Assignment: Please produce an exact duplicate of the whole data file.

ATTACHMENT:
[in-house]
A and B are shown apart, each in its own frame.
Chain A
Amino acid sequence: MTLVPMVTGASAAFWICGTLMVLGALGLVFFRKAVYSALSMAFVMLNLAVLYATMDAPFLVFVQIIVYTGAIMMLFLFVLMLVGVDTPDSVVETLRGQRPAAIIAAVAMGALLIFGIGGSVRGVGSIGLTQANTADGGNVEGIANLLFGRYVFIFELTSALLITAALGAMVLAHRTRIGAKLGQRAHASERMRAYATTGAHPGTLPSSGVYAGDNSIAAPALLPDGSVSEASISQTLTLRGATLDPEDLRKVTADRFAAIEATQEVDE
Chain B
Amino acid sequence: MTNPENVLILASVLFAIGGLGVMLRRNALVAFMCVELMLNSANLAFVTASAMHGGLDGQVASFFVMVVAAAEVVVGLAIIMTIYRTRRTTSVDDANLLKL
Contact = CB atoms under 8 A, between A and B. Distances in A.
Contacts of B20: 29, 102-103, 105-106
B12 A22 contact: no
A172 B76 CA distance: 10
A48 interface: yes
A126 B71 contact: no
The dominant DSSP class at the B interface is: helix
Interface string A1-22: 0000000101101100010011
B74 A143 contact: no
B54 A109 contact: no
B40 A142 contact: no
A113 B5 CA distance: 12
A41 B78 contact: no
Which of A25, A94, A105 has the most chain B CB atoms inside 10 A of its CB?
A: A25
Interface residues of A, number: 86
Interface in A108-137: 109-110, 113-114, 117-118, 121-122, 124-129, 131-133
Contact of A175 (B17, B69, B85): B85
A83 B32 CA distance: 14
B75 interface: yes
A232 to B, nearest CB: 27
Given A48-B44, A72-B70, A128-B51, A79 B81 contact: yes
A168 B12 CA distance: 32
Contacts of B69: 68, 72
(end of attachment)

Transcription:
[in-house]
A and B are shown apart, each in its own frame.
Chain A
Amino acid sequence: MTLVPMVTGASAAFWICGTLMVLGALGLVFFRKAVYSALSMAFVMLNLAVLYATMDAPFLVFVQIIVYTGAIMMLFLFVLMLVGVDTPDSVVETLRGQRPAAIIAAVAMGALLIFGIGGSVRGVGSIGLTQANTADGGNVEGIANLLFGRYVFIFELTSALLITAALGAMVLAHRTRIGAKLGQRAHASERMRAYATTGAHPGTLPSSGVYAGDNSIAAPALLPDGSVSEASISQTLTLRGATLDPEDLRKVTADRFAAIEATQEVDE
Chain B
Amino acid sequence: MTNPENVLILASVLFAIGGLGVMLRRNALVAFMCVELMLNSANLAFVTASAMHGGLDGQVASFFVMVVAAAEVVVGLAIIMTIYRTRRTTSVDDANLLKL
Contact = CB atoms under 8 A, between A and B. Distances in A.
Contacts of B20: 29, 102-103, 105-106
B12 A22 contact: no
A172 B76 CA distance: 10
A48 interface: yes
A126 B71 contact: no
The dominant DSSP class at the B interface is: helix
Interface string A1-22: 0000000101101100010011
B74 A143 contact: no
B54 A109 contact: no
B40 A142 contact: no
A113 B5 CA distance: 12
A41 B78 contact: no
Which of A25, A94, A105 has the most chain B CB atoms inside 10 A of its CB?
A: A25
Interface residues of A, number: 86
Interface in A108-137: 109-110, 113-114, 117-118, 121-122, 124-129, 131-133
Contact of A175 (B17, B69, B85): B85
A83 B32 CA distance: 14
B75 interface: yes
A232 to B, nearest CB: 27
Given A48-B44, A72-B70, A128-B51, A79 B81 contact: yes
A168 B12 CA distance: 32
Contacts of B69: 68, 72